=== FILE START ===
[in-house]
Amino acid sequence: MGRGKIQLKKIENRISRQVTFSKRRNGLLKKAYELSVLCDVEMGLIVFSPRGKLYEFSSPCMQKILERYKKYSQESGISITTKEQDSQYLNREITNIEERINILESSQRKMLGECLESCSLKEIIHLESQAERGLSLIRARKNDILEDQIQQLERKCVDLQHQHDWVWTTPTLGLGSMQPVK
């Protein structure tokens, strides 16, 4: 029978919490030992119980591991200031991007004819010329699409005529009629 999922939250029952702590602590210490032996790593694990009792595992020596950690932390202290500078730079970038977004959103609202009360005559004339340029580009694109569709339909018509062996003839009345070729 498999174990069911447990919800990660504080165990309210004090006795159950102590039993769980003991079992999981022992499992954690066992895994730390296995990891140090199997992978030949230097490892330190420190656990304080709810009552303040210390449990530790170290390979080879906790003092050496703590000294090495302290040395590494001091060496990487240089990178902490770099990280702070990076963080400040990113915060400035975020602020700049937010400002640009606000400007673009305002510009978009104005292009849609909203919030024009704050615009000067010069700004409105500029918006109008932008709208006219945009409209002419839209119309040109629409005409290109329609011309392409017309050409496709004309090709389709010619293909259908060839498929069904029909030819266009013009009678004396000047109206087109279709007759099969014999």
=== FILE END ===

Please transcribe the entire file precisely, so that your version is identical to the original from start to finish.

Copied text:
[in-house]
Amino acid sequence: MGRGKIQLKKIENRISRQVTFSKRRNGLLKKAYELSVLCDVEMGLIVFSPRGKLYEFSSPCMQKILERYKKYSQESGISITTKEQDSQYLNREITNIEERINILESSQRKMLGECLESCSLKEIIHLESQAERGLSLIRARKNDILEDQIQQLERKCVDLQHQHDWVWTTPTLGLGSMQPVK
């Protein structure tokens, strides 16, 4: 029978919490030992119980591991200031991007004819010329699409005529009629 999922939250029952702590602590210490032996790593694990009792595992020596950690932390202290500078730079970038977004959103609202009360005559004339340029580009694109569709339909018509062996003839009345070729 498999174990069911447990919800990660504080165990309210004090006795159950102590039993769980003991079992999981022992499992954690066992895994730390296995990891140090199997992978030949230097490892330190420190656990304080709810009552303040210390449990530790170290390979080879906790003092050496703590000294090495302290040395590494001091060496990487240089990178902490770099990280702070990076963080400040990113915060400035975020602020700049937010400002640009606000400007673009305002510009978009104005292009849609909203919030024009704050615009000067010069700004409105500029918006109008932008709208006219945009409209002419839209119309040109629409005409290109329609011309392409017309050409496709004309090709389709010619293909259908060839498929069904029909030819266009013009009678004396000047109206087109279709007759099969014999």